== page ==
Tropical hardwood imports soar in July
Imports of sawn tropical hardwood rose 57% in July,
soaring to the highest volume of 2021. A surge in keruing
imports for the month led to the rise as keruing accounted
for more than 40% of the 12,207 cubic metres imported in
July. The 5,425 cubic metres of keruing imported in July
was up 404% over June and was the first time in the last
10 years the U.S. had imported more than 4,000 cubic
metres of keruing in a single month.
July also saw significant gains in imports of acajou
d¡¯Afrique (up 82%), mahogany (up 67%), and meranti (up
45%). Malaysia appears to be the source of the keruing as
imports from Malaysia hit a 10-year high, rising 344% for
the month to a level more than 3 times that of the previous
The record month pushed year-to-date totals for imports
from Malaysia from well behind last year to up 18%
through July. Imports from Cameroon more than doubled
in July, while imports from Brazil and Congo
(Brazzaville) were both down more than 20%. Total
imports are down 33% for the year so far, but that number
is due to the removal of ipe and jatoba totals from the
category beginning this year.
When the two species are included, U.S. imports of sawn
tropical hardwood are up 21% so far this year versus last
Meanwhile, Canadian import volumes of sawn tropical
hardwood fell for the third straight month in July. Monthly
imports dropped 6% as imports from Cameroon,
Indonesia, and Congo (Brazzaville) all continued to fall
sharply. Despite the decline, total imports are up 11%
year to date through July.
Hardwood plywood imports return to near record
After cooling a bit in June, U.S. imports of hardwood
plywood returned to near record levels in July. Imports
rose 8% in July to 304,317 cubic metres in volume,
nearing the 10-year high set in May. Imports from
Vietnam rose 27% in July to more than twice the volume
of July 2020 and are now ahead 34% year to date.
Imports from Malaysia were also up sharply, rebounding
from a weak June number. Total imports are up 28% year
to date with all major trading countries seeing
improvement over last year¡¯s volume.
Veneer imports surge comes to an end
Imports of tropical hardwood veneer fell 20% in July
ending a string of three months of consistent growth.
Imports from Ghana fell by 37% in July while imports
from Cote d¡¯Ivoire dropped 62% and Imports from India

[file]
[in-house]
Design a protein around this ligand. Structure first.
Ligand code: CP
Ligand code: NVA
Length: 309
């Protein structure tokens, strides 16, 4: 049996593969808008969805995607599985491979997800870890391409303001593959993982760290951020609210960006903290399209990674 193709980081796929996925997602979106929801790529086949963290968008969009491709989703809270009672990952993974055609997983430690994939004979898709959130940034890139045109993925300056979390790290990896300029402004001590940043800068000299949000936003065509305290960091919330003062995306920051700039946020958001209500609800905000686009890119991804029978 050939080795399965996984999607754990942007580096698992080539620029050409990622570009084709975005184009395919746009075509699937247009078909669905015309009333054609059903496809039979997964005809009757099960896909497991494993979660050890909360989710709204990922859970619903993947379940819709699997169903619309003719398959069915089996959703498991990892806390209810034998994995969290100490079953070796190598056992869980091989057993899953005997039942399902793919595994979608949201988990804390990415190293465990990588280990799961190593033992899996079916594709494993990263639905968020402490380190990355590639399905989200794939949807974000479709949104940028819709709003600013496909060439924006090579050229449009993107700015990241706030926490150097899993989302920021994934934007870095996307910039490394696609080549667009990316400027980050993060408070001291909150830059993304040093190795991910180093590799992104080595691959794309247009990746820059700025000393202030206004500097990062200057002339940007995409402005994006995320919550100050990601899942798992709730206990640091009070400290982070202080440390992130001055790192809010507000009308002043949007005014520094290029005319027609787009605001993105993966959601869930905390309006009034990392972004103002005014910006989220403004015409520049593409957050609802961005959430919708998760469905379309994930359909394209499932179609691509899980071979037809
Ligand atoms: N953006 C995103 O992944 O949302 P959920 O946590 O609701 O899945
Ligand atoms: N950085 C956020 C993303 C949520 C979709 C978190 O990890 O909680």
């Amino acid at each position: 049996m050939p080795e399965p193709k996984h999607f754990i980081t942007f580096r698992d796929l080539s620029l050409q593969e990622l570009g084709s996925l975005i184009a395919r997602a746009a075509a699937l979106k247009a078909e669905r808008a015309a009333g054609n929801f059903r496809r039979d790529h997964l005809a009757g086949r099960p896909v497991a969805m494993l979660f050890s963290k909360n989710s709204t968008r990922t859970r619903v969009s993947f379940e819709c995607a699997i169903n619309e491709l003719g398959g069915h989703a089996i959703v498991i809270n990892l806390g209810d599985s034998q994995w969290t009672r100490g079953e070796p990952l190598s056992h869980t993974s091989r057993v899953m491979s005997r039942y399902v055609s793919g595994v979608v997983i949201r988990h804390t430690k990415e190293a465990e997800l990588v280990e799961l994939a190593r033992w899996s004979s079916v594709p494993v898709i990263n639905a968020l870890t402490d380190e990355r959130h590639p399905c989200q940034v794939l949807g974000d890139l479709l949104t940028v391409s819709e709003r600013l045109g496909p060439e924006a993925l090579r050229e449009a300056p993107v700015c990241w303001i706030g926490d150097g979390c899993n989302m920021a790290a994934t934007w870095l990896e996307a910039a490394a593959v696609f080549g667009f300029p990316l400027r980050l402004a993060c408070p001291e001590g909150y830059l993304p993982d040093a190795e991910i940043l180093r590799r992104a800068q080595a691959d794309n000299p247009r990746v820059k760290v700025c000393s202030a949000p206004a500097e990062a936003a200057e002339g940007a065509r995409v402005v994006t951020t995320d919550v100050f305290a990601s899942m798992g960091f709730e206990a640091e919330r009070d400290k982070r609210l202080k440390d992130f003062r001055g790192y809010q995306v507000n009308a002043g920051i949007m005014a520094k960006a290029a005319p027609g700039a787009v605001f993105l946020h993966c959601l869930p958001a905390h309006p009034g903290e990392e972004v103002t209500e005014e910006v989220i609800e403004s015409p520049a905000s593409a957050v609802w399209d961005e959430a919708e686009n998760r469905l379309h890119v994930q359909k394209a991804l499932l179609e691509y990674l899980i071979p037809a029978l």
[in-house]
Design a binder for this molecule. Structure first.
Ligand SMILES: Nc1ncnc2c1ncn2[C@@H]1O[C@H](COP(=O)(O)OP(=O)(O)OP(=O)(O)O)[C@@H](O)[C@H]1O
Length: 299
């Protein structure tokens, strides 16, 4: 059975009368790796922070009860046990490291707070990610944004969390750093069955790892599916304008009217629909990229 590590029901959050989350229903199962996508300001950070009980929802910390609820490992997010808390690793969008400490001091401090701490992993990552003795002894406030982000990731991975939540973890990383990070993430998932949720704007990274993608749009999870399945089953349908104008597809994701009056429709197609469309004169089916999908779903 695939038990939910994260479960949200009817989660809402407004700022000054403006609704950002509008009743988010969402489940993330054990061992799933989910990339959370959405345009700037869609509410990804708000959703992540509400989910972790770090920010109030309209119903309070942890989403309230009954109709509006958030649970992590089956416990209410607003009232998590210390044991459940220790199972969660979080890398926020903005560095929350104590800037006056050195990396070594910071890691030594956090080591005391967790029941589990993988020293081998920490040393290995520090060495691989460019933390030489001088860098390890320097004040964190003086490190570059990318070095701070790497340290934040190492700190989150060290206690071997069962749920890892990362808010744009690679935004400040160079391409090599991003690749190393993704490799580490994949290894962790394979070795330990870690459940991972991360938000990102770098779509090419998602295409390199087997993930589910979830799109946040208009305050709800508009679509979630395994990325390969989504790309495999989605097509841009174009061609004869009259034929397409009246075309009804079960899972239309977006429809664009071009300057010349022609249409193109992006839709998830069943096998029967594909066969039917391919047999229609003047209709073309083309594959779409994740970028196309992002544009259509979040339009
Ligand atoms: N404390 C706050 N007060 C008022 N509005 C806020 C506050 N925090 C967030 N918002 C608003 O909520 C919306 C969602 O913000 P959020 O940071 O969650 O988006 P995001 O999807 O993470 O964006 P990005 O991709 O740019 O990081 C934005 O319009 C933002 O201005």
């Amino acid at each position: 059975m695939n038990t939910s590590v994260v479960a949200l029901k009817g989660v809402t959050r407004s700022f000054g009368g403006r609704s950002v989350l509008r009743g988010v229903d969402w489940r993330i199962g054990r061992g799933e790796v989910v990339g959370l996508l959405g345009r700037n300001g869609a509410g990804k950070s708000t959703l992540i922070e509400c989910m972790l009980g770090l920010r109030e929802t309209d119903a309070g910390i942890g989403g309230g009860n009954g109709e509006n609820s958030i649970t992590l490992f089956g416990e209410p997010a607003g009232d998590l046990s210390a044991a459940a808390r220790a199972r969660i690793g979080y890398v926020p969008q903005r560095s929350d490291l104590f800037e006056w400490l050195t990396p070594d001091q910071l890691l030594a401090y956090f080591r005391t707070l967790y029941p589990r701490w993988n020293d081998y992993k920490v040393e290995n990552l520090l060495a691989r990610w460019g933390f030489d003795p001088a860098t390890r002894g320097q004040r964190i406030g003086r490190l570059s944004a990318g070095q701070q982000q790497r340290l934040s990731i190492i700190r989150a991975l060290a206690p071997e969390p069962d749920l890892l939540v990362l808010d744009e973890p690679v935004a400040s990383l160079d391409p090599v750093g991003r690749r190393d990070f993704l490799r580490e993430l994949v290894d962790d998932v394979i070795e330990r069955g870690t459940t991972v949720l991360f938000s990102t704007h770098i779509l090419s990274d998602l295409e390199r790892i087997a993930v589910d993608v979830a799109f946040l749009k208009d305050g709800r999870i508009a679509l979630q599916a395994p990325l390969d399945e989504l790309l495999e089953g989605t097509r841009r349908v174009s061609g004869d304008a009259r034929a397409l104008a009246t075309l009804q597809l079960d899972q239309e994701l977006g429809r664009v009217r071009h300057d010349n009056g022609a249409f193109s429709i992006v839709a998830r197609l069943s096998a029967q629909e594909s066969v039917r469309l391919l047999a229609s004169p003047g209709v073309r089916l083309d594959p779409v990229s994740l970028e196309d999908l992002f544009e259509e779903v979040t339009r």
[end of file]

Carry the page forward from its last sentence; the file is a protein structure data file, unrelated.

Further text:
were off 18%.
Imports from China continued their recovery, gaining 36%
in July, while imports from Italy saw their strongest month
of the year, rising 29%. With the decline, total imports for
the year are now nearly even with 2020, up less than 1%
year to date.
Hardwood flooring imports recede
Much like veneer imports, US import volumes of
hardwood flooring also saw a hot streak come to an end in
July. Imports fell 18% in July as imports from China and
Brazil tailed off from yearly highs in June. Imports from
China were down 40% in July and are now 19% year to
While imports from Brazil fell 23% in July, they are still
ahead by 131% year to date through July. Imports from
Malaysia, meanwhile, saw their best month of the year,
rising 213% to their highest level since September 2019.
Imports from Malaysia are up 40% year to date, about the
same as the rise in total imports which is at 39%.
Imports of assembled flooring panels rose for the fifth
straight month in July, gaining 9% for the month. Imports
from China gained 44% in July while imports from
Vietnam and Thailand also made gains of over 10%.
Imports from Canada fell 13% for the month.
While long-term comparisons are currently difficult in this
market (USDA added additional categories to the
Assembled Flooring Panels category in May) imports have
consistently trended upward throughout the summer.
Moulding imports stagnate
After four month of advancing, U.S. import volumes of
hardwood moulding fell 5% in July. A significant gain in
imports from Brazil (up 111%) was more than offset by
declines in imports from Malaysia (down 31%) and China
Total year-to-date imports are up 14% with most exporting
countries well ahead of that mark through July. The
exception is imports from China, which are down 62%
year to date.
Wooden furniture imports remain steady
Imports of wooden furniture rose by less than 1% in July
as 2021 continues along record levels. With imports of
more than US$2.2 billion in July, imports remain at a level
more than 37% higher than the previous July and at a yearto-
date pace 60% above 2020.
Imports from Vietnam, India, and Mexico advanced, while
imports from Malaysia, Indonesia and Canada retreated.
Meanwhile, new orders for residential furniture continue
their rise, up 7% in June compared to 2020. This is
especially notable considering June 2020 was up 30% over
2019, and it marks 13 straight months of year-over-year
growth, as reported by Smith Leonard in the latest issue of
An increase in new orders was reported by about 66% of
the residential furniture manufacturers and distributors
participating in the monthly survey.
Price driving consumers to opting for non-wood decks
Companies that make wood alternative decking materials
have boosted sales and grabbed market share, fueled in
part by rising lumber prices, and a home improvement
boom. Names such as Trex and Azek make decking
materials that typically mimic the look of wood but retain
their original appearance and in some circumstances
require less maintenance.
The trouble for many consumers is that these products
have typically been about twice the cost of lumber or
more. But skyrocketing lumber prices have led many
customers to take a second look at synthetics.
Right now, synthetic producers have about 20% share of
the decking market with lumber making up the balance.
Executives at Azek and Trex say they think there is room
to grow even beyond the extraordinary circumstances of
the coronavirus pandemic.